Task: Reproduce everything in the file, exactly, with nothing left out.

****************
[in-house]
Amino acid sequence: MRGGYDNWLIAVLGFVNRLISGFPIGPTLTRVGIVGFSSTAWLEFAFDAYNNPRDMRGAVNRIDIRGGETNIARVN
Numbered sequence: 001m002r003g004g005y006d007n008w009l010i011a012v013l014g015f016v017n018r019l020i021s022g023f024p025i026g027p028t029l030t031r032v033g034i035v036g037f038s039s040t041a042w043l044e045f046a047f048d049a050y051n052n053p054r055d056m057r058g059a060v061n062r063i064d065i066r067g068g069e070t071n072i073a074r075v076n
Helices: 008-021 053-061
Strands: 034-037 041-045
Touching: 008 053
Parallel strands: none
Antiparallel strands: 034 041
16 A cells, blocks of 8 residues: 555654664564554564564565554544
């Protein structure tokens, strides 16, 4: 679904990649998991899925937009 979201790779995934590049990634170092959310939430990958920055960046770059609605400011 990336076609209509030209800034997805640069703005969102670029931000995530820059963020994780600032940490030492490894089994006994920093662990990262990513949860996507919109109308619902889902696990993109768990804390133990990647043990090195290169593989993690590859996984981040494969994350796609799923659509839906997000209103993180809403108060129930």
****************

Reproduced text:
[in-house]
Amino acid sequence: MRGGYDNWLIAVLGFVNRLISGFPIGPTLTRVGIVGFSSTAWLEFAFDAYNNPRDMRGAVNRIDIRGGETNIARVN
Numbered sequence: 001m002r003g004g005y006d007n008w009l010i011a012v013l014g015f016v017n018r019l020i021s022g023f024p025i026g027p028t029l030t031r032v033g034i035v036g037f038s039s040t041a042w043l044e045f046a047f048d049a050y051n052n053p054r055d056m057r058g059a060v061n062r063i064d065i066r067g068g069e070t071n072i073a074r075v076n
Helices: 008-021 053-061
Strands: 034-037 041-045
Touching: 008 053
Parallel strands: none
Antiparallel strands: 034 041
16 A cells, blocks of 8 residues: 555654664564554564564565554544
């Protein structure tokens, strides 16, 4: 679904990649998991899925937009 979201790779995934590049990634170092959310939430990958920055960046770059609605400011 990336076609209509030209800034997805640069703005969102670029931000995530820059963020994780600032940490030492490894089994006994920093662990990262990513949860996507919109109308619902889902696990993109768990804390133990990647043990090195290169593989993690590859996984981040494969994350796609799923659509839906997000209103993180809403108060129930």